The myth would have it that Reagan was tireless in shrinking the size of government, a weak partisan always ready to deal with Democrats, and not the hardliner we thought he was. The opposite is true. Reagan compromised, as even the most conservative politicians often do, to save his political strength for what mattered most--defeating the Soviet empire and keeping taxes low.

Reagan won two terms in office because he was - first and foremost - a politician. He was a gifted communicator whose rhetoric refused to compromise on some conservative ideals; but when viewed dispassionately through the lens of history, both his foreign and domestic policy balanced idealism with expediency:

Viewed in the post-George W. Bush era, Reagan seems a greater president than ever. Not because all he touched turned to gold—far from it—but simply because the contrast in demeanor between Reagan and his most recent Republican successor is so great. No one would accuse either man of being detail-oriented, but the Great Communicator had a charm that worked wonders.

Nonetheless, since Reagan is deified by conservatives today it’s unfortunate that the Republican Party hasn’t learned that what worked in 1980 is not necessarily applicable or directly transferrable to 2009. America—and the world—have changed. The GOPs declarations of fealty to the Reaganite Ideal would be more impressive if the party didn’t seem to have failed to learn from the essentially pragmatic approach Reagan pursued. Even Iran-Contra, after all, was a marriage between pragmatism (get the hostages home) and principle (support the Contras). Nor, for that matter, was Reagan the champion of small government or fiscal rectitude that his admirers sometimes pretend he was. Once again, the Idea of Reagan has trumped the reality.

Though foreigners saw Reagan as an ideologue, it’s now clear that he was much less rigid in his thinking than the GOP is now. Withdrawing from Lebanon and dialogue with the Soviets were twin episodes that showed the practical, realistic side of Reaganism. His successors prefer the comforts of dogma to the inconvenience of compromise.

With the Republican party in disarray and the prospect of titanic changes to the fundamental structure of the economy and the federal government looming over us, it's understandable to wish for an idealized comic book hero to rescue us from the wilderness. But Ronald Reagan's strength was not his inflexibility but his sense of priorities.

He understood that you need to possess power before you can wield it and that in the long run, no one living in the real world can avoid trade-offs. Everything has a cost.

It's a shame that Reagan's true genius - clear sighted, pragmatic leadership - has been obscured by a myth no modern candidate can hope to live up to. We don't need a myth to regain the White House.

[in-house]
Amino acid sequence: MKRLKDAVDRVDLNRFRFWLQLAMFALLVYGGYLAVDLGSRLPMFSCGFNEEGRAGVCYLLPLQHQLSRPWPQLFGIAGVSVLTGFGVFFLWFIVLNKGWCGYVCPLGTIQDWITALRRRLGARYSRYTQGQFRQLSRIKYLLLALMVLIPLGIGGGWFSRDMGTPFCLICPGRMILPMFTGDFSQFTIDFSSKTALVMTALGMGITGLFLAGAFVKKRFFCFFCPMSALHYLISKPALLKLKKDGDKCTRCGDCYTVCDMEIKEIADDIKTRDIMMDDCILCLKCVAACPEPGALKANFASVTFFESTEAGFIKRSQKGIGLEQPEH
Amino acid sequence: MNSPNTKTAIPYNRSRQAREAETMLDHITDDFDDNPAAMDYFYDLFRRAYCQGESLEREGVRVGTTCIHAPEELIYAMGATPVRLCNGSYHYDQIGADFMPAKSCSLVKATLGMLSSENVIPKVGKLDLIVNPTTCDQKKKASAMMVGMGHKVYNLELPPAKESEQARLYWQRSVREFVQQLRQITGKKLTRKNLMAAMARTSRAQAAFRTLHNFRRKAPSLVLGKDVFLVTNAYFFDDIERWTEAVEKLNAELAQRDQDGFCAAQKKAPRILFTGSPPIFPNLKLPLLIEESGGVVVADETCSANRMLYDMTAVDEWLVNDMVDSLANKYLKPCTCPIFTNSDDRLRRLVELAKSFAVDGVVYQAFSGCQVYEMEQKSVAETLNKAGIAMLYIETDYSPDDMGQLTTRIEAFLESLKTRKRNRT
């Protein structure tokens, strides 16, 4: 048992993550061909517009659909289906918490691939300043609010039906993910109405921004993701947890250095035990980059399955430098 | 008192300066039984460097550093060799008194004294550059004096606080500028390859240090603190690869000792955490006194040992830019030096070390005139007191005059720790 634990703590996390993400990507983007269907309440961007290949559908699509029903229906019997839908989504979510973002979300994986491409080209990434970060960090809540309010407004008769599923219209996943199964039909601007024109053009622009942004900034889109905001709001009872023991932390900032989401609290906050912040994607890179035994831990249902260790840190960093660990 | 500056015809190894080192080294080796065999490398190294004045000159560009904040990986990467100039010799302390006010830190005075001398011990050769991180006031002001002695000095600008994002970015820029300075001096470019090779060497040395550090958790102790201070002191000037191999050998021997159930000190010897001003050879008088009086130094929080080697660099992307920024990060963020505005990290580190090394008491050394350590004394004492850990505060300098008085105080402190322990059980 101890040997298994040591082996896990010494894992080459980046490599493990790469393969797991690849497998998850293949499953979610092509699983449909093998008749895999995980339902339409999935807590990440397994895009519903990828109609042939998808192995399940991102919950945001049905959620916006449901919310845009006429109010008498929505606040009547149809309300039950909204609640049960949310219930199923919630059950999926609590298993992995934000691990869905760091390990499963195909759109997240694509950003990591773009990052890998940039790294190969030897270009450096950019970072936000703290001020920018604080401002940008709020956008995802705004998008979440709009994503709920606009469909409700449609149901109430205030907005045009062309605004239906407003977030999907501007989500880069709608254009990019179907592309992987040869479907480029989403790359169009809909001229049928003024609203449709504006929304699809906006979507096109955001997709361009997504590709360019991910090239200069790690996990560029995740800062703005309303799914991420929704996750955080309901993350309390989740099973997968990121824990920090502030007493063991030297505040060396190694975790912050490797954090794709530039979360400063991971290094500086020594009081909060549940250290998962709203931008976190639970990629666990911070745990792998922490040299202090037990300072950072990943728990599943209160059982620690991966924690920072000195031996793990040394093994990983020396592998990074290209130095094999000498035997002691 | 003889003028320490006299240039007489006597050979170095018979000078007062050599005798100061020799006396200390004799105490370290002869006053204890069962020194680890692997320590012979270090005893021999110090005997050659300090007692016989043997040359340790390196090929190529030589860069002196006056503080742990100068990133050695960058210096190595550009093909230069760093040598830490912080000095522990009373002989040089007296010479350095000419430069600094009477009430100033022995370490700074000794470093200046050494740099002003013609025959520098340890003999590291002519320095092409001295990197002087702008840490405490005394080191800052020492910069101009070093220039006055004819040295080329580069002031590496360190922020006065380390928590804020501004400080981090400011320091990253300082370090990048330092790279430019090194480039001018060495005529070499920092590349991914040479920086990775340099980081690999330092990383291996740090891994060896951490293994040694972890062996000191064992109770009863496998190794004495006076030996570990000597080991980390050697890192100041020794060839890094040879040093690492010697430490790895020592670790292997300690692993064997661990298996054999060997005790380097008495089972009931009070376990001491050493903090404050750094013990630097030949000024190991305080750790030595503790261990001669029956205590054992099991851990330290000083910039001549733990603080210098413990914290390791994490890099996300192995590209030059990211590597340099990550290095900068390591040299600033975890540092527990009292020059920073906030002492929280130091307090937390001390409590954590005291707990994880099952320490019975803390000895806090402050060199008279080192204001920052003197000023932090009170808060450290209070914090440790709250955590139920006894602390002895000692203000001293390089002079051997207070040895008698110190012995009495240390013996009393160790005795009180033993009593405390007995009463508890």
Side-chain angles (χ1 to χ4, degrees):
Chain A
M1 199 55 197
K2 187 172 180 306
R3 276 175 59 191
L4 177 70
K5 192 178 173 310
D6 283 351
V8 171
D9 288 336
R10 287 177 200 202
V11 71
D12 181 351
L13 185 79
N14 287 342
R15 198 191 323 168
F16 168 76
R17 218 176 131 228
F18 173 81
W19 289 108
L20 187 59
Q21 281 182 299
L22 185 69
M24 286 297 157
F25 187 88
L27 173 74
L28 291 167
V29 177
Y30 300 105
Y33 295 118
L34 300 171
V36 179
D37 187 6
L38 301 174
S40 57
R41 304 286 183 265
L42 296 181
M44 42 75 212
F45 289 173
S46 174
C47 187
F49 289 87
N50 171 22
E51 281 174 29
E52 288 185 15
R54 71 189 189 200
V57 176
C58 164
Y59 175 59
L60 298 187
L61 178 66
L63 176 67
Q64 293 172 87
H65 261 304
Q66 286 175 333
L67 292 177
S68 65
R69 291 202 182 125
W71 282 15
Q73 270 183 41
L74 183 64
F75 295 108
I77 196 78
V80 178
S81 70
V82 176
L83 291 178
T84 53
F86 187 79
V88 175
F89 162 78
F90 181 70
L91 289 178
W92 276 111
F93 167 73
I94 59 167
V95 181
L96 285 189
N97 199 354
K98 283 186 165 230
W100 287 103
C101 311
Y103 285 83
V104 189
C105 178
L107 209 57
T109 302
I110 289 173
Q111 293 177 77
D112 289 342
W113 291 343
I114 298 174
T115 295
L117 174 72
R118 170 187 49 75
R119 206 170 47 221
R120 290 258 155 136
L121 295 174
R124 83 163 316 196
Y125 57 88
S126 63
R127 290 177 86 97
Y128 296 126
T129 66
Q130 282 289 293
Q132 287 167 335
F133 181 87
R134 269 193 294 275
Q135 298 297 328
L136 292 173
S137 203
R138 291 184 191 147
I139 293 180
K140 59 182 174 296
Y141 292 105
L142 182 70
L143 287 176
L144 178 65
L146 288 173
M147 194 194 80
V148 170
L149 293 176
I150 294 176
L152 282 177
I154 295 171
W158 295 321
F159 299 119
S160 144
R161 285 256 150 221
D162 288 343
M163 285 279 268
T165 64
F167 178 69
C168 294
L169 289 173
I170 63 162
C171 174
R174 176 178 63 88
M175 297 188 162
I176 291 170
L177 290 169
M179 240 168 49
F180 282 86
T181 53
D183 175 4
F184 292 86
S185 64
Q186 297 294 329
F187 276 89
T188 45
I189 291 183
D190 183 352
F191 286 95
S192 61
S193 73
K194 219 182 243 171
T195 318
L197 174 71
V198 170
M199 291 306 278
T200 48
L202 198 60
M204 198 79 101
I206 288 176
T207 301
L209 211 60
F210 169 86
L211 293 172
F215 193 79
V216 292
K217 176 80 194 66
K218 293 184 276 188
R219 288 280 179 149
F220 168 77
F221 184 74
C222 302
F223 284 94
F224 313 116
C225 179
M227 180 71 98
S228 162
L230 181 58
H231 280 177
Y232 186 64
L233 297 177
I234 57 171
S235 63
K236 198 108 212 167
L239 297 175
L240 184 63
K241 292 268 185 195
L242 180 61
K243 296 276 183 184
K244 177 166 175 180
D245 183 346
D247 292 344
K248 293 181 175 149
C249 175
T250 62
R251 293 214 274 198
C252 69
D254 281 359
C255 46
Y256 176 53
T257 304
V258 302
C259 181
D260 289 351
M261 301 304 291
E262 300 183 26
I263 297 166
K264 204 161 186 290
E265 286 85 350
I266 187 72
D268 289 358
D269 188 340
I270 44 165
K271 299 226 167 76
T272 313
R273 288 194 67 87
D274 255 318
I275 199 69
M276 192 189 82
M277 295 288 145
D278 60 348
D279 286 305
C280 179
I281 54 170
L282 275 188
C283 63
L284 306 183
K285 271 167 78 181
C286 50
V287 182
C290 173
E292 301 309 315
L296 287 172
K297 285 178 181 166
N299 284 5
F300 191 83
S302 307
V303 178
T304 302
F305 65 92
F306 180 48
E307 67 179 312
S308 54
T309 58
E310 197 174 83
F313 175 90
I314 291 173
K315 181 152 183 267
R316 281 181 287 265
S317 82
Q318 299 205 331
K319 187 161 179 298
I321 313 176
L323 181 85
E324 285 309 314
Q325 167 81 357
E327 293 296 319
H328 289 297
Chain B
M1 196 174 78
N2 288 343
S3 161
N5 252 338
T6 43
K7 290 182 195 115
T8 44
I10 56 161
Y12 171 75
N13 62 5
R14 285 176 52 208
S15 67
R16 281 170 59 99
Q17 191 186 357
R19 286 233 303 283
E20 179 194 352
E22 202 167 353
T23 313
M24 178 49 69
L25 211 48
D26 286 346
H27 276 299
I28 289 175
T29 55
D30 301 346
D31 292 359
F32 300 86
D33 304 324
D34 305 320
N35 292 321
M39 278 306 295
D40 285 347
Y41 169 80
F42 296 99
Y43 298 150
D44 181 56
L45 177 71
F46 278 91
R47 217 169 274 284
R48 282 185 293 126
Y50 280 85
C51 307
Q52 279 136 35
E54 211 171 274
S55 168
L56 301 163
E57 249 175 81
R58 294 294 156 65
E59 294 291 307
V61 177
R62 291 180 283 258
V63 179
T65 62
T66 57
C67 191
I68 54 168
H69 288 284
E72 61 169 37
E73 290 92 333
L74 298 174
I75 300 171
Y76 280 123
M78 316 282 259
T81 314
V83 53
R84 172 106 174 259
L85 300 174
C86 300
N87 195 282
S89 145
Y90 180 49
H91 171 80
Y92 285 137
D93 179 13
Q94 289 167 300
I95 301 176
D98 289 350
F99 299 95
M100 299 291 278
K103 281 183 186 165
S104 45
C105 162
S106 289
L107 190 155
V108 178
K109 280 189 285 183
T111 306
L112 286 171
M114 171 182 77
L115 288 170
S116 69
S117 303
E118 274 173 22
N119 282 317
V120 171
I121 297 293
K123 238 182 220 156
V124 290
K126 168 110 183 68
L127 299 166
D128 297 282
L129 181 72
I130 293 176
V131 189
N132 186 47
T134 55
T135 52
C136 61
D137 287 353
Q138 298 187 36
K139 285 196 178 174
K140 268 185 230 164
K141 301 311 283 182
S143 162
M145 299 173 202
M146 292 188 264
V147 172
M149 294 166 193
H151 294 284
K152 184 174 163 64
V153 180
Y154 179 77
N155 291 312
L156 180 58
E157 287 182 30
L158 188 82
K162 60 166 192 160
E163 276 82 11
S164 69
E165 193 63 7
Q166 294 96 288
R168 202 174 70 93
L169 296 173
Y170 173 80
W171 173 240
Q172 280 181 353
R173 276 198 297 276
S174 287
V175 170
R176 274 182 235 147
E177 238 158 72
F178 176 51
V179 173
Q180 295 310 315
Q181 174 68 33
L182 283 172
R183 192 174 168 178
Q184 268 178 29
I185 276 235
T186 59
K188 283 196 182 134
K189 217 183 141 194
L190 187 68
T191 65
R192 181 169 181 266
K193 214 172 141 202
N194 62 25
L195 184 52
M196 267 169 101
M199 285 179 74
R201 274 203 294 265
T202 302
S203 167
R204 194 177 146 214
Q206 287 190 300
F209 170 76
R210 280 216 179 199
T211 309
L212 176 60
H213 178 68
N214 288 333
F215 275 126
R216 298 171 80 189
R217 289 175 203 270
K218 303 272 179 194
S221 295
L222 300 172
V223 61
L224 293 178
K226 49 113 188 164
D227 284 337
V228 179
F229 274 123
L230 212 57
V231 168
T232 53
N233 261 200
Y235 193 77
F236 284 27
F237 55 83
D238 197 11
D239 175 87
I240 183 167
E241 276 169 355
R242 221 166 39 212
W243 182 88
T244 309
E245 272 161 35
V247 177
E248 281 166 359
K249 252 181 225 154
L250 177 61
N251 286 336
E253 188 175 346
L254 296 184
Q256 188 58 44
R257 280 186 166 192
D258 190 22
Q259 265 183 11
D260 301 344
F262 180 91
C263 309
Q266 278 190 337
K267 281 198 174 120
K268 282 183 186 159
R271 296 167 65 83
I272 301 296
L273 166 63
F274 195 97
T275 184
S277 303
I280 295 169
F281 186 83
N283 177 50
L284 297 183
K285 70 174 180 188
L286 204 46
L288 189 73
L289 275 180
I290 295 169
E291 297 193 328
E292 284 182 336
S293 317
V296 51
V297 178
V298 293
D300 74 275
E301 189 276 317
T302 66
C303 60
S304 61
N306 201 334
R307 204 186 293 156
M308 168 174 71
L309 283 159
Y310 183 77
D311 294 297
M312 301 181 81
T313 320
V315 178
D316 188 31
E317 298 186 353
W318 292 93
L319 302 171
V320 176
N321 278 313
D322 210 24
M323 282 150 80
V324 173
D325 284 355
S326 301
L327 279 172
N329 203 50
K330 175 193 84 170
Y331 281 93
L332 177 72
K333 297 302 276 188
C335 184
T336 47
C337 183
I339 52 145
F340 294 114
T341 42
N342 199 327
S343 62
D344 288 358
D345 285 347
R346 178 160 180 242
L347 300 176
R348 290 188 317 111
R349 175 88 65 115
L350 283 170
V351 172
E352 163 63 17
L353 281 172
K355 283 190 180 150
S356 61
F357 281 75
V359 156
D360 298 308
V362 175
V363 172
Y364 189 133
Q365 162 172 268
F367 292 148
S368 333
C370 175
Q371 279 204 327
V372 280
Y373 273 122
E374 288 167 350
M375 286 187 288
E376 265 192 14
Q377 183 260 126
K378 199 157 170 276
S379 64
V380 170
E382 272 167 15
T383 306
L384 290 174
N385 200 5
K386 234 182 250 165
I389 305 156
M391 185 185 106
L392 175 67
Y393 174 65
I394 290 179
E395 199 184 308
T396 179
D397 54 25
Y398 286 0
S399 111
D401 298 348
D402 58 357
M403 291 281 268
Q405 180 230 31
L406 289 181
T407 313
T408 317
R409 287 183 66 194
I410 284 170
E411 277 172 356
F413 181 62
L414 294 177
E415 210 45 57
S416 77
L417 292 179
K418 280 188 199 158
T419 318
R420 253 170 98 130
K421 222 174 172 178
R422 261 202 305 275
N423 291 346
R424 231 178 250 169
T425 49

We need a strong candidate who can see the forest for the trees. Sadly, I'm not sure we're capable of recognizing such a candidate any more.

Ronald Reagan was a politician. And politicians — smart ones at least — understand that a dogged determination to follow a straight line, particularly in foreign policy, is not always the shortest route to victory. This is something critics, in both parties, of George Bush's Iraq compromises should keep in mind.

Still, it is a sign of the poor repute of ideas and idealism in this country today that so many people believe there's a contradiction between being humane, decent, and practical and being "ideological."

Ideology, properly understood, is a checklist of priorities and principles. And conservative ideology explicitly accepts that compromise is part of life, since this world can never be made as perfect as the next.

Jonah Goldberg

Posted by Cassandra at March 13, 2009 05:29 AM

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Amazing, isn't it?

"If you got seventy-five or eighty percent of what you were asking for, I say, you take it and fight for the rest later, and that's what I told these radical conservatives who never got used to it."
Which also dovetails with the need to present a message that will draw a broad base of support. That strength during the initial negotiation, allows you to stake out a much more ambitious position/goal than the one that you are willing and prepared to accept.

Ask for the solar system, settle for the moon. Ronnie was a master in that regard too.

I'd say that this lesson has been taken to heart by the progressives while it would seem as if it has slipped from the memory of many on the conservative side of the divide.

Posted by: bt_have-abacus-will-travel_hun at March 13, 2009 10:55 AM

One of those articles (I forget which one) mentioned that Reagan was also adept - and succeeded - because he seized the tide of public opinion.

At the time, student unrest made his seemingly unyielding rhetoric seem comforting and reassuring.